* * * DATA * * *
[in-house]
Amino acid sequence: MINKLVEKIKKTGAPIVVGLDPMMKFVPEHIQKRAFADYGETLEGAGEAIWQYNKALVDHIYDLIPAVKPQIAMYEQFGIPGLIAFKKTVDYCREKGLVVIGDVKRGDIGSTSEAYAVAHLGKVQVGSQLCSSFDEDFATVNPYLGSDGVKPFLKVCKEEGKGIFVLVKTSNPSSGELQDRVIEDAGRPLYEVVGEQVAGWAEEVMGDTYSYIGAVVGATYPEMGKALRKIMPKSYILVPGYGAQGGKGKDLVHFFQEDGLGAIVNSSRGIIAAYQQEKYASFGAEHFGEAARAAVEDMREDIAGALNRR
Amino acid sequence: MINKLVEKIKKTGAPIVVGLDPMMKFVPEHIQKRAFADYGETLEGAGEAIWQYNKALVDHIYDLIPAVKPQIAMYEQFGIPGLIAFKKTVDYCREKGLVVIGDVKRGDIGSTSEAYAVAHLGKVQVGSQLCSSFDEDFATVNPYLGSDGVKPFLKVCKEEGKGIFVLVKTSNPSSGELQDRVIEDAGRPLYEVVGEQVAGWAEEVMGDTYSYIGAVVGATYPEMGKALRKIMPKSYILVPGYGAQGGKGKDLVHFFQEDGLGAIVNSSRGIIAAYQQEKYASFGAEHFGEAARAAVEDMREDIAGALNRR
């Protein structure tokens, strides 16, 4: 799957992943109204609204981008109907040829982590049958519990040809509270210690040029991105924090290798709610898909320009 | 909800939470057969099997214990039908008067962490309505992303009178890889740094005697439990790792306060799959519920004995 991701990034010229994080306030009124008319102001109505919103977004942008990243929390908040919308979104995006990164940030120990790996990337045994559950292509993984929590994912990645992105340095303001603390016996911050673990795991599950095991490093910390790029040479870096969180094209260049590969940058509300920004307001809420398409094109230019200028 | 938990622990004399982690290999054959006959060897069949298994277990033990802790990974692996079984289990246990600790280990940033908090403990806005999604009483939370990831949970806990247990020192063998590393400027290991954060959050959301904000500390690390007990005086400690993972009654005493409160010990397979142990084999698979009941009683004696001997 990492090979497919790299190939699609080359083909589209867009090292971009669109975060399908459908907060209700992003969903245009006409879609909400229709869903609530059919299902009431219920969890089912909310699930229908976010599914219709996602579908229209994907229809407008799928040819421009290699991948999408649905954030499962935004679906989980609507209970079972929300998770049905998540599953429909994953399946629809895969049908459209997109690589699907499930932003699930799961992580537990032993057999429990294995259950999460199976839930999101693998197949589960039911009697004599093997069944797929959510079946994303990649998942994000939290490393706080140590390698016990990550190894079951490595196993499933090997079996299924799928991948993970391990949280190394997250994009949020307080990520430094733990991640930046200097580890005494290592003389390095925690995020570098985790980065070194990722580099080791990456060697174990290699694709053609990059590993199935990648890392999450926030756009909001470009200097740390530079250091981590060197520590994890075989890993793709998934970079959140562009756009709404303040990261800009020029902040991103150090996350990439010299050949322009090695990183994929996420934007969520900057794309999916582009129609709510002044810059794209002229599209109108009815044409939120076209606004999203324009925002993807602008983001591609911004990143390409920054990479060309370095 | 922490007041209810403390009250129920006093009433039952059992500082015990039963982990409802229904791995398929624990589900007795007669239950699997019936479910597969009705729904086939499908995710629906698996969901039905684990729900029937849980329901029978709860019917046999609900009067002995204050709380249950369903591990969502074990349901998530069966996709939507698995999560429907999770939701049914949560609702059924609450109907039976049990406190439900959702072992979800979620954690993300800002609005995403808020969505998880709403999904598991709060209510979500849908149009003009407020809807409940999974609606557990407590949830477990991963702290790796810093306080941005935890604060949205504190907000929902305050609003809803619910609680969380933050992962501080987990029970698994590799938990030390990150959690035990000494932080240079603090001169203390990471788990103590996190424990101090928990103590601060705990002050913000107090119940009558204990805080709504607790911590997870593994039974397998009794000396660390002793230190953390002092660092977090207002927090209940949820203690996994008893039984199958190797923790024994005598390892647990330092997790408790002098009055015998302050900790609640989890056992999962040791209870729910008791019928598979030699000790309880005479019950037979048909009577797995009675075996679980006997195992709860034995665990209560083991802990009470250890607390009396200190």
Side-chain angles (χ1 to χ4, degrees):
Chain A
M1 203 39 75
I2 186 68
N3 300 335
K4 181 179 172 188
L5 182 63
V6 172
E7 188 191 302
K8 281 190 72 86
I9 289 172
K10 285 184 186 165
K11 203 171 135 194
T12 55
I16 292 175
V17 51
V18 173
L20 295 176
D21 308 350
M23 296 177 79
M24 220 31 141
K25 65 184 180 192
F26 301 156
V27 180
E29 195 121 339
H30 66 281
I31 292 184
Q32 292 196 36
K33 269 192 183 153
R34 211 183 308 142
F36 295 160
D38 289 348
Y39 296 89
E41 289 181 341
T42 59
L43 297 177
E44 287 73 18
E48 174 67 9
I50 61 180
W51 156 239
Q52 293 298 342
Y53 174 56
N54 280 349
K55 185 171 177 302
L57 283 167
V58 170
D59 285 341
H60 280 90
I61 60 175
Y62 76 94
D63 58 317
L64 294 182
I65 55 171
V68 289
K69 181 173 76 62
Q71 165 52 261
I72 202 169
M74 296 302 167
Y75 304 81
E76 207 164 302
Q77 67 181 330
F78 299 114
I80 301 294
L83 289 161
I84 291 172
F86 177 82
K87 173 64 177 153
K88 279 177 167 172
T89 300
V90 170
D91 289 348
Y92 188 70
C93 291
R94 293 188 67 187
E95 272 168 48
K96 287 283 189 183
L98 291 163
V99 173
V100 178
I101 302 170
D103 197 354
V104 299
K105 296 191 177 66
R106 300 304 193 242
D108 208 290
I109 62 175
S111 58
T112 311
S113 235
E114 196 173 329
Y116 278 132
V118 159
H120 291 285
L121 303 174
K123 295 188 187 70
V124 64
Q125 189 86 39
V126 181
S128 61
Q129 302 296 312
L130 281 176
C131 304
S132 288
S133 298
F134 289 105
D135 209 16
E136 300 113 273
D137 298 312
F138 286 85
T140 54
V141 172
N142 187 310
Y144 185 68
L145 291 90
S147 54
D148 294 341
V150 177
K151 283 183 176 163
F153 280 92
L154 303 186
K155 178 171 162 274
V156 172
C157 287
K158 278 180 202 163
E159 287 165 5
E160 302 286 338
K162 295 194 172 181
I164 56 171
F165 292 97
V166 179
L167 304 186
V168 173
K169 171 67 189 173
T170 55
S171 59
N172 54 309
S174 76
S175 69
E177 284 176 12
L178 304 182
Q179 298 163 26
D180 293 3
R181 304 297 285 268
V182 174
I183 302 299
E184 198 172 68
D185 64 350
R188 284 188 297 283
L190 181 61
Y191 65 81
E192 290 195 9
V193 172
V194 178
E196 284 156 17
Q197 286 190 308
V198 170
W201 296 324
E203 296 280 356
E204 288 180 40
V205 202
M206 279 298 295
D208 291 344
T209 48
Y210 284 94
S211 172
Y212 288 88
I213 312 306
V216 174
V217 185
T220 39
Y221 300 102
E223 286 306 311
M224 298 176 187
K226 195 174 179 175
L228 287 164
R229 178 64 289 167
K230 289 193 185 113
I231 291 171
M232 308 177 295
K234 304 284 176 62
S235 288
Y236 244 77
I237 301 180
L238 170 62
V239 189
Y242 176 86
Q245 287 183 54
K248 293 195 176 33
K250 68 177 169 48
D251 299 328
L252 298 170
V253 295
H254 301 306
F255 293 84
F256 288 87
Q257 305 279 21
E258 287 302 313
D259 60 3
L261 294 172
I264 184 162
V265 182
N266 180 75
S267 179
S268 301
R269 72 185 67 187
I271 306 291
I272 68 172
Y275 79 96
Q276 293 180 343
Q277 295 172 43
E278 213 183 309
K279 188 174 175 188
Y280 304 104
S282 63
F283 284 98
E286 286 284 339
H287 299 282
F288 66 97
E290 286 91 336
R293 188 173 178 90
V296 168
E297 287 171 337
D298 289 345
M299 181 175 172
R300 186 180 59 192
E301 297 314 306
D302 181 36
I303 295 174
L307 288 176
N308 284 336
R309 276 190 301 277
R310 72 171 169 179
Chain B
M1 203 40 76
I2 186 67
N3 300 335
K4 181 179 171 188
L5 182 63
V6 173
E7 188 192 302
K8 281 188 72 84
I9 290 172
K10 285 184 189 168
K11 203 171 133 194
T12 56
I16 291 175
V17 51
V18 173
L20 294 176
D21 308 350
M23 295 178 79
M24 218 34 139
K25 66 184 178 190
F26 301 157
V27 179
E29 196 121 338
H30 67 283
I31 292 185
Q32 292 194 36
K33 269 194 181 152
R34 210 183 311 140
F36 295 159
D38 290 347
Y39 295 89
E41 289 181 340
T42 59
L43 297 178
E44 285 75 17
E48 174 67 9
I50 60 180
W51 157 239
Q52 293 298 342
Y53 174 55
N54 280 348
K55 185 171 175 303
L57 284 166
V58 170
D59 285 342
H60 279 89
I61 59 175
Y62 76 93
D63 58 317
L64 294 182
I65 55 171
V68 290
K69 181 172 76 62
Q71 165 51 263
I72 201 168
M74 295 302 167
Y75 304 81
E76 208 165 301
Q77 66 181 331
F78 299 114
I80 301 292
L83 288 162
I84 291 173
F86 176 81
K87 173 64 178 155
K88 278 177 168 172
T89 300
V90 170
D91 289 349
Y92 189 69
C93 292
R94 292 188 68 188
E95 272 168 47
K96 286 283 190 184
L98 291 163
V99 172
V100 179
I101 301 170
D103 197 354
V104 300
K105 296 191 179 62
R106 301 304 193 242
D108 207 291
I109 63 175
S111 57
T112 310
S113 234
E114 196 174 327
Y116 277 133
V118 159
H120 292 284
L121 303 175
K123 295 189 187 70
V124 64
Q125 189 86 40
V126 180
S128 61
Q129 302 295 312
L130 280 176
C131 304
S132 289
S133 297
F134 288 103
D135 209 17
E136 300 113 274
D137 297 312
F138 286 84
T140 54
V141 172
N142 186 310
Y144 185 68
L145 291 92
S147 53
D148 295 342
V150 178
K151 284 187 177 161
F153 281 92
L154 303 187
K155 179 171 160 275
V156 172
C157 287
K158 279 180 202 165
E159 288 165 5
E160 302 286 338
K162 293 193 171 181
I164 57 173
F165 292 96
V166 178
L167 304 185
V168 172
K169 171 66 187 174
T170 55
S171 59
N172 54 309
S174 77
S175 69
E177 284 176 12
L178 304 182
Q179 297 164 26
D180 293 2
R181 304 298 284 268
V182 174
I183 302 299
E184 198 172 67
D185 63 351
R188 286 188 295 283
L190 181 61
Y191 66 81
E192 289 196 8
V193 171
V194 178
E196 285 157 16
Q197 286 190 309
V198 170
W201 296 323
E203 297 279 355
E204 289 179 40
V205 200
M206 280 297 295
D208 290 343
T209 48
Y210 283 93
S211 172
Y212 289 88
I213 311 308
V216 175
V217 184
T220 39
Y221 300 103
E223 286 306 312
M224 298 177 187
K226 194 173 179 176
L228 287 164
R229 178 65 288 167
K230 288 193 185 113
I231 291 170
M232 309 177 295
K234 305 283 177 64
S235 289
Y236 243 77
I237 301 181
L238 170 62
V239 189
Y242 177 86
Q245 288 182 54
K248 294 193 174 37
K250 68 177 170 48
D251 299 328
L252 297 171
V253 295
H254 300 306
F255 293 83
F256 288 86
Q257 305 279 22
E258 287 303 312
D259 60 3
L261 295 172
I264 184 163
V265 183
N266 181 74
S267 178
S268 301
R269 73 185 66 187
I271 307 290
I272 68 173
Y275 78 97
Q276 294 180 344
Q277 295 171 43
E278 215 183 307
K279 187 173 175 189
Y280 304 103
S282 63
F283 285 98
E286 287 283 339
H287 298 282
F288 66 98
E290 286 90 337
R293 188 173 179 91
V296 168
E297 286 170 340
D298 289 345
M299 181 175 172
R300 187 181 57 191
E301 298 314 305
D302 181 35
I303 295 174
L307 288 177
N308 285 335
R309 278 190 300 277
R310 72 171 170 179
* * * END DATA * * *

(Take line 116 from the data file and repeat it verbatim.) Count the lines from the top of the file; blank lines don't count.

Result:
N142 187 310